“Is this love?” asks Austin Williams. “Have I said why I love the sunrise? It’s cause it’s only gonna get lighter.” Speaking to DIY at the turn of the year, the frontman said we might be on the brink of a “summer of love”. Sounds farcical, but if anyone’s going to force the change, it’s these guys. Hippie gear at the ready. (Jamie Milton)

Tame Impala - Disciples

‘Disciples’ is the third preview proper to arrive ahead of Tame Impala’s hotly awaited third record, and despite clocking in at just 1 minute 48, Kevin Parker’s sold the whole thing within the first few seconds. Alan Sugar would be proud.



Sounding like a cross between the theme-tune to the best psychedelic sitcom in the world, and the sort of song you’d want to play as the soundtrack to your life, ‘Disciples‘ is also, at its heart, a sad song. Parker’s singing to someone who’s never had a dose of home-truth in their life, and he wishes that they’d stop swanning around like a self-important so-and-so. “Now it’s like the world owes you, walking around like everybody should know you, I want to be like we used to,” he sings. Presumably the mystery addressee of the song has a fair few other admiring ‘Disciples’, too. People may change - often for the worse - but Tame Impala remain consistently next-level. (El Hunt)

JAWS - Bad Company

With their sun-drenched tendencies cast aside for three minutes, JAWS’ new single is a monster of a return, and a big right hook to anyone that’s pigeonholed this band in the past. It’s a massive smack in the face from minute one, steaming into view with a crunching riff that wears its grunge influence proudly on its sleeve. JAWS have always demonstrated a killer ear for melody too, though, and amid the scuzz and the haze, that melodic sensibility rolls with the punches and gives as good as it gets.

It shouldn’t be a surprise that JAWS had this stashed in their locker – you need only look at their t-shirt collection to know they’re fans of something heavier – but to return with a casual, off-the-cuff statement is nothing short of ballsy. JAWS are playing with untapped versatility here – a versatility that, before their debut has even left the room, makes the prospect of a sophomore record all the more enticing. It’s a new dimension that might not be up everyone’s street, but with the way that JAWS pull it off, it’s difficult to not sit back and think, ‘fair play lads. Fair fucking play’. (Liam McNeilly)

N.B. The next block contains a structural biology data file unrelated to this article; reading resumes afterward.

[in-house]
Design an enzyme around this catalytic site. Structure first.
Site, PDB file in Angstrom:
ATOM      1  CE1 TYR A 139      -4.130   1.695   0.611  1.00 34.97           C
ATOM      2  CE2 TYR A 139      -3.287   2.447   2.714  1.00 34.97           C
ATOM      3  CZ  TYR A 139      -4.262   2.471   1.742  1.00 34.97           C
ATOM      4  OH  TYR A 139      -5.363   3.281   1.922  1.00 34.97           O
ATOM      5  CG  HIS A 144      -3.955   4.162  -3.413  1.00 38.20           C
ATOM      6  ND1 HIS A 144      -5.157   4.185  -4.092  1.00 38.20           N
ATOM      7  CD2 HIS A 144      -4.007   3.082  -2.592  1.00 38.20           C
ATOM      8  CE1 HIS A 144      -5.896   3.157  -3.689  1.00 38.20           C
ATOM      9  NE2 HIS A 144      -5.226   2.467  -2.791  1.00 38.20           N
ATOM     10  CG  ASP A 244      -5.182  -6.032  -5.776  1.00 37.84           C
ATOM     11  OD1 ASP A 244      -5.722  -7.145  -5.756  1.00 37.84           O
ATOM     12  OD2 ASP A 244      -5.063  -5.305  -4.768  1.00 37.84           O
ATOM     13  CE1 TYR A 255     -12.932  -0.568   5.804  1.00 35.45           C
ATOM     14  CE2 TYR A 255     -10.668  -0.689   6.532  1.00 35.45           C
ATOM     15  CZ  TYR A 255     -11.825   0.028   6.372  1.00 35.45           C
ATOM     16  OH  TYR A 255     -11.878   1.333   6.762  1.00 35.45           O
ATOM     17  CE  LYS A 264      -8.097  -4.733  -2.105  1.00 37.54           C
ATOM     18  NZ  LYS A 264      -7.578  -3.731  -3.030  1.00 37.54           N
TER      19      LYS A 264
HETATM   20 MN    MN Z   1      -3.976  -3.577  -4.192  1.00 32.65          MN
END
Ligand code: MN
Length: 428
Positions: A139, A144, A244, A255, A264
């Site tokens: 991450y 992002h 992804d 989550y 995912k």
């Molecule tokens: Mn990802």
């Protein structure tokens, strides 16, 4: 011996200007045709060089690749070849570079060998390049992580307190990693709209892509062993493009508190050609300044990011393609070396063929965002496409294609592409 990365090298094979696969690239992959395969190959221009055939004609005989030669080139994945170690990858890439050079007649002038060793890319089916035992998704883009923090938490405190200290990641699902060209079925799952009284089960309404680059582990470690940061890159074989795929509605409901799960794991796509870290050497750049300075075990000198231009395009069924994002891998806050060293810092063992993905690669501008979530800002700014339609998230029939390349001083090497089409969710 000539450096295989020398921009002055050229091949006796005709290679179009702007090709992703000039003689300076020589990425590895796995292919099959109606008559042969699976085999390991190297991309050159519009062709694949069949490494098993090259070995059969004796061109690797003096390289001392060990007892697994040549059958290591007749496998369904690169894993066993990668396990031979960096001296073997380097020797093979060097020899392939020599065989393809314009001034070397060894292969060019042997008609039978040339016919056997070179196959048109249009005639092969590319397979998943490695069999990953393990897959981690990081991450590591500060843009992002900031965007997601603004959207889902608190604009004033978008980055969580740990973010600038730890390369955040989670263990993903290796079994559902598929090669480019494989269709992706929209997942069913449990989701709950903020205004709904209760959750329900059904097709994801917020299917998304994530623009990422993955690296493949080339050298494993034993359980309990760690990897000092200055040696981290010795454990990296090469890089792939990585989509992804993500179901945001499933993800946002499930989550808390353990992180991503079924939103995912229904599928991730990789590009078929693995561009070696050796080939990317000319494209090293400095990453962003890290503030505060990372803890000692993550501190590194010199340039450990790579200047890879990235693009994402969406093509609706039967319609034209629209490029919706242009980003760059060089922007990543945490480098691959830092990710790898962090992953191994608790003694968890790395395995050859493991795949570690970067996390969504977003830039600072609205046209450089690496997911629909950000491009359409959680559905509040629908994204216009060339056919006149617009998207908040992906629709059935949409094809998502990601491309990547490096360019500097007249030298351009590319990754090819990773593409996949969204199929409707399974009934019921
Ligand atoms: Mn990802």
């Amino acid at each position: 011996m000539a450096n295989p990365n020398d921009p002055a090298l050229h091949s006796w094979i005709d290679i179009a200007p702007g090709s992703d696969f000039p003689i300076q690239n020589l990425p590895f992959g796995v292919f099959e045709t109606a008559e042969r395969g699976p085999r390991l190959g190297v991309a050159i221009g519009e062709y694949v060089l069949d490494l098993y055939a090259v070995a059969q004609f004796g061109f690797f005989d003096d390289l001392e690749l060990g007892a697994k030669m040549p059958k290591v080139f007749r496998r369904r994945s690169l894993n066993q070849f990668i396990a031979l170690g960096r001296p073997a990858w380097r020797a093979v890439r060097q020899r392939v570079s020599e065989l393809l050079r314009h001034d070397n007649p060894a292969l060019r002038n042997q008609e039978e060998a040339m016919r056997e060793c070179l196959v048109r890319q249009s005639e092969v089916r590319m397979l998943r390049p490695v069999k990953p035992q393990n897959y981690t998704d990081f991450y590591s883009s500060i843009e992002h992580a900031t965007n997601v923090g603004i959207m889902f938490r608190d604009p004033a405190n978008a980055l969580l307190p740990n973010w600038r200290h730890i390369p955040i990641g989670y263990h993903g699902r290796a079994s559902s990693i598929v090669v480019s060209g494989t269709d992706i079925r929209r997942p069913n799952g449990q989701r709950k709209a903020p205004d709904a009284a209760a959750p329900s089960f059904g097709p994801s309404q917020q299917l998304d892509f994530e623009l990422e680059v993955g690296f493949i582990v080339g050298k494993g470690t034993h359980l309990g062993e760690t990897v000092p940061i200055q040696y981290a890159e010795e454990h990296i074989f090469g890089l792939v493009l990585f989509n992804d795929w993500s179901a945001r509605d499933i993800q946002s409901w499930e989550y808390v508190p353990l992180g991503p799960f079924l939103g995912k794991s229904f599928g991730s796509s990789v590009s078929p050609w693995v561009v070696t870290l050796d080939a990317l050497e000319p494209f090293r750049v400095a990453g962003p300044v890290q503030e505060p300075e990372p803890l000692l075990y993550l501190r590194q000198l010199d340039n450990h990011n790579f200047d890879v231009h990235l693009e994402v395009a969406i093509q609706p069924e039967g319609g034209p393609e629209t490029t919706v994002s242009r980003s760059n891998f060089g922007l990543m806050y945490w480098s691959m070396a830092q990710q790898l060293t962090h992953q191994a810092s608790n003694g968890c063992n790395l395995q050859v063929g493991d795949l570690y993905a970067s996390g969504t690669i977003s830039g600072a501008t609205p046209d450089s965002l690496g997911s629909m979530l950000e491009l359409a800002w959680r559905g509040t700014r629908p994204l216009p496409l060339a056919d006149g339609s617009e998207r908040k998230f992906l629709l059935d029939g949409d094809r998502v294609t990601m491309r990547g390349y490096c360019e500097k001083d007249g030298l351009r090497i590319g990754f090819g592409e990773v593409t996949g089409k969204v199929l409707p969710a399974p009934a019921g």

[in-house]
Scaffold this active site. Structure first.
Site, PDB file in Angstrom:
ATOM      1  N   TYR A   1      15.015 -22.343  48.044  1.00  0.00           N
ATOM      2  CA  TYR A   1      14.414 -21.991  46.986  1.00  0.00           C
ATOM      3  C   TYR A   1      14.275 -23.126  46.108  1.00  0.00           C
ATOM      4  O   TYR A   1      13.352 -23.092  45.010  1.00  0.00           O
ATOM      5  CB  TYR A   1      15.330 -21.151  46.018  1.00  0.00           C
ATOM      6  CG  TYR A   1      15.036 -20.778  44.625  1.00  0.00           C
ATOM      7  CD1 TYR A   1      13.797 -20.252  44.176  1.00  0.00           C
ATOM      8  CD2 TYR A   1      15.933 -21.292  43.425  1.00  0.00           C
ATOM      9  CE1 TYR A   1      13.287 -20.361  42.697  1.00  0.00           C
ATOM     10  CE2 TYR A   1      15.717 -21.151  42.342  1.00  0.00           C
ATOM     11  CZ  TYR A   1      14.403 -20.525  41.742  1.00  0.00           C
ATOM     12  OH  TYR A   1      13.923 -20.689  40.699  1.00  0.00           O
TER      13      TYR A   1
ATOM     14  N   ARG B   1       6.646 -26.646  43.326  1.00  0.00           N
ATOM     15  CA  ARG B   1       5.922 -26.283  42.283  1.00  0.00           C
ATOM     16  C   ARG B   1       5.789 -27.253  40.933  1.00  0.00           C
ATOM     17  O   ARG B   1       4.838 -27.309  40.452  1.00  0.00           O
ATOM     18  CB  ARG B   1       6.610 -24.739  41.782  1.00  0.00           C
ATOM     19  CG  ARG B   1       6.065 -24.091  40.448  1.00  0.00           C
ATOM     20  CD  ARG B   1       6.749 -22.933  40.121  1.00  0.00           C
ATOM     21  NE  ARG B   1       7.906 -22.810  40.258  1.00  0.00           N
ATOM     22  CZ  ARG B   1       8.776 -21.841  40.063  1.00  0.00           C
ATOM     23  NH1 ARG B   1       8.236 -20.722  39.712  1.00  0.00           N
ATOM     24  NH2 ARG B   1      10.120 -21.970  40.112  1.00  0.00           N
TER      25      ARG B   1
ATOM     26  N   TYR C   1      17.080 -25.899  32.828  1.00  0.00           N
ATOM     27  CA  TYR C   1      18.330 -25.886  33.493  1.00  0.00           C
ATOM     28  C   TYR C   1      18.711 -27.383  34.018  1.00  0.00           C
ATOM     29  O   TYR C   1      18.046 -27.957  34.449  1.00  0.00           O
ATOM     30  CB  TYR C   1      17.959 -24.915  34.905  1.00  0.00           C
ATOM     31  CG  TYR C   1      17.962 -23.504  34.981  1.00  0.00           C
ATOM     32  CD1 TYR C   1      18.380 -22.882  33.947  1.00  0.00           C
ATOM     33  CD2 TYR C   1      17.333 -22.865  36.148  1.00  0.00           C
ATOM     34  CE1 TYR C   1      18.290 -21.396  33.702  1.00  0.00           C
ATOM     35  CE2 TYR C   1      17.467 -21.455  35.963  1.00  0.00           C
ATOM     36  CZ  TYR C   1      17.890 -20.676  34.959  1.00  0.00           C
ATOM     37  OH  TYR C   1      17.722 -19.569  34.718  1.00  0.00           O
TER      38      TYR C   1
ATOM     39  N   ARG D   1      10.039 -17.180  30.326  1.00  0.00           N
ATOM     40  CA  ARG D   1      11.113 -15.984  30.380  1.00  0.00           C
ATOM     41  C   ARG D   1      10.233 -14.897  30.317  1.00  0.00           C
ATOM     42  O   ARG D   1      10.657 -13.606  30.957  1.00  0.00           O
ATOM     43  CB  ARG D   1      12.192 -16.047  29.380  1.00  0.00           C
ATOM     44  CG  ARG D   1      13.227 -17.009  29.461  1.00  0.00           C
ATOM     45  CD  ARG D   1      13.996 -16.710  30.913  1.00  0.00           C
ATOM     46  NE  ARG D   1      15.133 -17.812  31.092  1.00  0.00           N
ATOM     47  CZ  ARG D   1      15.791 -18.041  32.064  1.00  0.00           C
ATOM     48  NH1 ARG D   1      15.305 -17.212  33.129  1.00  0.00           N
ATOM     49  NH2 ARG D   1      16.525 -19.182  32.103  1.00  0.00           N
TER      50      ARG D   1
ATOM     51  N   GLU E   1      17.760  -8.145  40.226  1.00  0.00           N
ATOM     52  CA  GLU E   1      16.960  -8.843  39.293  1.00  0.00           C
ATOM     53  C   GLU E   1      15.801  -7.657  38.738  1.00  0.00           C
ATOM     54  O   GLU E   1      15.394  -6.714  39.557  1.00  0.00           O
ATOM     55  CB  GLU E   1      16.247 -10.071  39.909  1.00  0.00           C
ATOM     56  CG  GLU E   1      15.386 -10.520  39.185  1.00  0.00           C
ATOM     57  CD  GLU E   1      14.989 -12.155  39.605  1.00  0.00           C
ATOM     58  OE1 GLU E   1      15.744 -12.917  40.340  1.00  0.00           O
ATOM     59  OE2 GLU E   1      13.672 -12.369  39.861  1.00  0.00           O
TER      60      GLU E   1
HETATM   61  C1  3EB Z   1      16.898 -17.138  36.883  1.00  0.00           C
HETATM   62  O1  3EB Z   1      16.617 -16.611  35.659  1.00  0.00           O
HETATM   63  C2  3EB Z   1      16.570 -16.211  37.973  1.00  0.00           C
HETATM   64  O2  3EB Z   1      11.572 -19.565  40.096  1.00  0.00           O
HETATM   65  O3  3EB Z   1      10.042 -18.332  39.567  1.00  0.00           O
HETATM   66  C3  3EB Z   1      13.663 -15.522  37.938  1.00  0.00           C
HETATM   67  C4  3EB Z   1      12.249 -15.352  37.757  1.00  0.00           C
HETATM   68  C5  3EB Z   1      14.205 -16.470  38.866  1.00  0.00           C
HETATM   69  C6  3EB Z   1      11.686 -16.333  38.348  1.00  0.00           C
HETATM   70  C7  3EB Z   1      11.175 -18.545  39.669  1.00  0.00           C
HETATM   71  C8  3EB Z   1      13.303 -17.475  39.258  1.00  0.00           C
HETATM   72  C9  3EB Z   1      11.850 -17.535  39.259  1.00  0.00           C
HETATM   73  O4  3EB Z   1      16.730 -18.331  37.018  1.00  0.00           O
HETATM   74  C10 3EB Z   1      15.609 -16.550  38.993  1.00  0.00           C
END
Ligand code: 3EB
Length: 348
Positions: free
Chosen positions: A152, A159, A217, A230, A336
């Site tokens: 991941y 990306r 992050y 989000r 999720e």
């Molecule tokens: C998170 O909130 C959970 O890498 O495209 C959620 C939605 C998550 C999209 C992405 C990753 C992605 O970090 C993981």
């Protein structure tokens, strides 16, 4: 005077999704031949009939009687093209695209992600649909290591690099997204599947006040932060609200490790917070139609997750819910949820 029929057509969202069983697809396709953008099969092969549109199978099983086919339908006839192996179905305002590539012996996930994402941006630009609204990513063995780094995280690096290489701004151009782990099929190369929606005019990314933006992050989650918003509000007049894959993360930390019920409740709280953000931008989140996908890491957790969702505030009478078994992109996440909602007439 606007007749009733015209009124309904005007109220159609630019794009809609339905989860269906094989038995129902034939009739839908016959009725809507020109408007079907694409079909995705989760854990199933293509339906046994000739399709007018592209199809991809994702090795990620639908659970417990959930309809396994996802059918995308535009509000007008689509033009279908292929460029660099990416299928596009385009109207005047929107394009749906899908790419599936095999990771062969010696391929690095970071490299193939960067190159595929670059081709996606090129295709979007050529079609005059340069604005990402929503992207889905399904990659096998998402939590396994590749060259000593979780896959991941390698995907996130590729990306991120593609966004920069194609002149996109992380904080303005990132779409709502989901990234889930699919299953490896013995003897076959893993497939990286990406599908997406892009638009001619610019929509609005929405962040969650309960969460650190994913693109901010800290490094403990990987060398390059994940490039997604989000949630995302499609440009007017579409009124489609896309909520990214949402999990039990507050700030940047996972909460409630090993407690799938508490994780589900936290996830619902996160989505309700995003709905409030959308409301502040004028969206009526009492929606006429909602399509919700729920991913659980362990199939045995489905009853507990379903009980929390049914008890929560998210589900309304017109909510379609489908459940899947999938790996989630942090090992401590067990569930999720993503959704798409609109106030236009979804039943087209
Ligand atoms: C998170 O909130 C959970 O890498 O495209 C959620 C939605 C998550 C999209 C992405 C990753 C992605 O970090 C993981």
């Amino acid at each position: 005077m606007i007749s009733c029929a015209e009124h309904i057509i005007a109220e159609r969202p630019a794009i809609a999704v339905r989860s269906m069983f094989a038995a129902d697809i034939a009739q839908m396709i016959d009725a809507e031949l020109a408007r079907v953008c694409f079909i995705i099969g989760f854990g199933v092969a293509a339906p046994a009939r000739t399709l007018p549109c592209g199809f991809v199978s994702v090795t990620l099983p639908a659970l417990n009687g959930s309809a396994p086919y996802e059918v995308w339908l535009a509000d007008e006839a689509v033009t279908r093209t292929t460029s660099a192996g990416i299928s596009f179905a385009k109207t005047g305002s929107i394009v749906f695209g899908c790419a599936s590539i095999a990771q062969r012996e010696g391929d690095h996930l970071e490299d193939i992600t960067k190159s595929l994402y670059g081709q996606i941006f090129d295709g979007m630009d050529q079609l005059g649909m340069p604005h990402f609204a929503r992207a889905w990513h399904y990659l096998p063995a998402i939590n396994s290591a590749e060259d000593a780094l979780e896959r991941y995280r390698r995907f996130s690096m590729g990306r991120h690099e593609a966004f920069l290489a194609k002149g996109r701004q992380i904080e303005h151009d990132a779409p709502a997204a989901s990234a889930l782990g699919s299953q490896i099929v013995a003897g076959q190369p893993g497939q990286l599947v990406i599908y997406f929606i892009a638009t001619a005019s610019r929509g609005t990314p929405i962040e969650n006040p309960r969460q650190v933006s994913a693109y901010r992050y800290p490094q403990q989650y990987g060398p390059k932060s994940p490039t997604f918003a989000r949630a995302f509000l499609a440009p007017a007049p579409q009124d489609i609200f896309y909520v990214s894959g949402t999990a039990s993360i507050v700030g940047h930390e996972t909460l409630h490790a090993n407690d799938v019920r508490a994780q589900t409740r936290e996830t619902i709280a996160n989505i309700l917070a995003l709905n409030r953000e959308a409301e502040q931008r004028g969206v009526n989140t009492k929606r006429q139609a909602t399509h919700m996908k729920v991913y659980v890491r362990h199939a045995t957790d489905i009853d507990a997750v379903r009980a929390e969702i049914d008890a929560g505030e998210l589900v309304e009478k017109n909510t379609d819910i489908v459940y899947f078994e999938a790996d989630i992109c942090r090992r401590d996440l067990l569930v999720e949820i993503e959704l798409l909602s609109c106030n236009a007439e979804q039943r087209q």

LA Priest - Party Zute / Learning To Love

Hearing an LA Priest song evolve is a like seeing a Charmander become a Charizard in the space of a few minutes. Yes, that version of Pokémon you’re playing is probably bugged, but Sam Dust’s the real deal.

‘Party Zute / Learning to Love’ is the surest sign yet that the sense of invention defining previous day-job Late of the Pier has only become more severe. Dust starts from scratch. Stop-start samples flicker past, jazz notes entering midway through. Cut to a couple of minutes in, and this previously modest, tame animal has morphed into a full-on juggernaut. The windows are blown, the system’s in overdrive, and Dust’s suddenly mastering a dagger-sharp dance track. By the time it closes, LA Priest has seemingly spanned across continents to reach his goal. At this breakneck rate, nothing’s going to stand in his way. (Jamie Milton)

Julio Bashmore - Holding On (ft. Sam Drew)

The tell-tale signs were lingering in the background for months. Modestly proportioned flares crept into the most daring windows of Oxford Street, before stepping out across the country, quietly replaced with slightly more decadently sized flares each week. T-shirt necklines grew lower, tighter, and more v-shaped, too, and the songs on the airwaves developed a slight bassy strut. Now the sun’s up, and the chips are down. Disco is back, everyone.

Bristol producer Julio Bashmore has always channelled disco, too, though up until now he’s always been purposefully hip about it. Since breakout track ‘Au Seve,’ though, his beats have gradually become less tight and housey and far more let-loose and flamboyant. His synth washes have slowly moved away from dusty warehouse haze, and towards cocktail-umbrella wielding beach parties, too. All that disco-flavoured evolution culminates here. Featuring Roc Nation signee Sam Drew - who has written for the likes of Rihanna, and Mary J. Blige in the past - ‘Holding On’ is Julio Bashmore’s most immediate release yet. With it he’s fully unearthed the playful potential that was always hiding in his music before. (El Hunt)